I love you, Mom. I love my friends, I love my girlfriend. Thanks to everyone who helps to keep my chin up when I'm stressed and overwhelmed.
And on that note, Deb and I sat down today and talked about The Future. As in where we want to be career, relationship and money-wise in the next few years. It was good to air all the stress and anxiety and to come up with something of a unified plan. We may be going through some rough times now, but the future holds nothing but promise.
Sunday, December 7, 2008
Is anybody else feeling as not-all-that-excited about the holidays as myself? Maybe I'm just a little nervous.
But the fact is, times are tough-- both on a macro & a micro scale. I can't turn on the radio without hearing about bailouts, recessions, foreclosures, unemployment... it's beginning to make my head spin. Meanwhile, things around me keep getting more and more expensive and the bills are starting to pile up. It's hard to keep your head up in this climate.
Not to mention my recent episodes of bad luck that have really been a setback for us, both physically and emotionally. I sometimes feel like I have a dark cloud following me around. Jeez, in the last two months I have sucessfully fucked up both of my legs.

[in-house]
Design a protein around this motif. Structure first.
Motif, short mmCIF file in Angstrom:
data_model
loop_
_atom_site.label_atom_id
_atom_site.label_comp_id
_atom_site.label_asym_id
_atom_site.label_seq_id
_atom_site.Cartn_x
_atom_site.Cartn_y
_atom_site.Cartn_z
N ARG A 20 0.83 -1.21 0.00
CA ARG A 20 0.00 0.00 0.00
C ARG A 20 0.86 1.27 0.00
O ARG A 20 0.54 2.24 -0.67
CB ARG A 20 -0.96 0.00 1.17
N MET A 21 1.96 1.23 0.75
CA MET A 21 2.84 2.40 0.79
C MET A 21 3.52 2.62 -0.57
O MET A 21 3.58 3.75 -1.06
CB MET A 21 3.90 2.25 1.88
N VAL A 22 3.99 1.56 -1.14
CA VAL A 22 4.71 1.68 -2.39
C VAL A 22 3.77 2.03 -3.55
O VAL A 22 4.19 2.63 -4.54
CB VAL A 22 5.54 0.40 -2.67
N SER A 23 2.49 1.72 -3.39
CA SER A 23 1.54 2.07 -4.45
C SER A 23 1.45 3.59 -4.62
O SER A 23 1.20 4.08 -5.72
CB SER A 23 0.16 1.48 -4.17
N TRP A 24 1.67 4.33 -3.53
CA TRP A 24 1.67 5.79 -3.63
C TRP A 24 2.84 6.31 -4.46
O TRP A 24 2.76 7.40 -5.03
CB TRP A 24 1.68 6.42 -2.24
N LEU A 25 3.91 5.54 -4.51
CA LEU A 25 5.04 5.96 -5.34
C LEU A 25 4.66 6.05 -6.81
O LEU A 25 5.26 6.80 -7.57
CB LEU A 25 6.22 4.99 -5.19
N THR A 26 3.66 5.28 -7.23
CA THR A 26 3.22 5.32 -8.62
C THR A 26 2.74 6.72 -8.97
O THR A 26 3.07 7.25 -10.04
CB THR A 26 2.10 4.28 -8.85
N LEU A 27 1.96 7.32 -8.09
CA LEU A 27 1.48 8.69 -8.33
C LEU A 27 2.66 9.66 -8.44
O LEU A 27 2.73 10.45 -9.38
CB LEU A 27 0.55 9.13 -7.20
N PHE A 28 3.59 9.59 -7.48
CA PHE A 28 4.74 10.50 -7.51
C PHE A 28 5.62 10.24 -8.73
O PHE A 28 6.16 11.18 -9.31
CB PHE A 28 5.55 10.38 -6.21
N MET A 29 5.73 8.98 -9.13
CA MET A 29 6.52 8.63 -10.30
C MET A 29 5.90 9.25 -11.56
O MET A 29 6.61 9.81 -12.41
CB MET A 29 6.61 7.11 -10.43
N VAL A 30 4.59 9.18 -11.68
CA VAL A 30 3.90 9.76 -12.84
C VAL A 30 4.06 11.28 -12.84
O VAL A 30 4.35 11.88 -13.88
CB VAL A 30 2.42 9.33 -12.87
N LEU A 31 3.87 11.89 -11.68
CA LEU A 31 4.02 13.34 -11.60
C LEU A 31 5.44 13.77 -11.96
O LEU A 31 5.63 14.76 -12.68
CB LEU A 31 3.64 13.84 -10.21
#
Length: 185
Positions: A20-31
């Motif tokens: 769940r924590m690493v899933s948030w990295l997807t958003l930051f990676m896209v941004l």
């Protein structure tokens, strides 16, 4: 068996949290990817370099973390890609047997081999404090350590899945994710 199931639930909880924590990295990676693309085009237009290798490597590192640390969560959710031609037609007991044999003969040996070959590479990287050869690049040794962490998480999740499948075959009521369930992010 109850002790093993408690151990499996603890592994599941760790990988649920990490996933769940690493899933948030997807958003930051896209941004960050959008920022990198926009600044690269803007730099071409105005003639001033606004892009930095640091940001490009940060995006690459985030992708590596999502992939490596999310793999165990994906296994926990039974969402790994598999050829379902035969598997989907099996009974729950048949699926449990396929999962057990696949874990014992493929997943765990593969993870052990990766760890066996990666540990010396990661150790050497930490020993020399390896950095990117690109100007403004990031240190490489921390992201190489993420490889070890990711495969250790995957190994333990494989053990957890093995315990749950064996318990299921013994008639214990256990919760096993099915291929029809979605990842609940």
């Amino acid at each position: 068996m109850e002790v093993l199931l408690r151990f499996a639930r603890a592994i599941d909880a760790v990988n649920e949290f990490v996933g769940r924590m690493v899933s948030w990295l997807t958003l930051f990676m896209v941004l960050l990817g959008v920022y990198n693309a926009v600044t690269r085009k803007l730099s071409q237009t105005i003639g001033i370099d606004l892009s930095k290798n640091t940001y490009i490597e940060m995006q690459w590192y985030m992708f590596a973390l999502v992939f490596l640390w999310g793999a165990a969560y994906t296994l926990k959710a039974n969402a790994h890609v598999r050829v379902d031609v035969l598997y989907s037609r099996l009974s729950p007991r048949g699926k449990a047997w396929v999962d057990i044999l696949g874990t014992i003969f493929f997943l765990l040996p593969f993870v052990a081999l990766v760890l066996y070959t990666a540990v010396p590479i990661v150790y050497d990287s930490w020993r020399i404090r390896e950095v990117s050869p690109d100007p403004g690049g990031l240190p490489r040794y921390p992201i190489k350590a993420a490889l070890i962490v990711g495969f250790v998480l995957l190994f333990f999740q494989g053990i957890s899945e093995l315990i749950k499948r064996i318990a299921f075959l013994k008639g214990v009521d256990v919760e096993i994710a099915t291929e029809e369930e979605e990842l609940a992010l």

Plus our house is a mess, work is stressful and I'm worried about paying bills and affording Christmas presents for everyone. Too much pressure. This holiday season finds me looking for a rock to crawl under until my 30th birthday in January.
Because I'm so poor and looking for a good stress-reliever, I've been cross stitching like a fiend. Now I'm not really into pastoral scenes or bunnies with cloying sentiments, so I bought me a Sara-style crafting book, Subversive Cross Stitch. Much more my style.
So friends, relatives, workmates: I apologize in advance for my lack of Christmas spirit and Christmas funds. But I'm stitching like a fiend, and hopefully will have some crafty goods to hand out.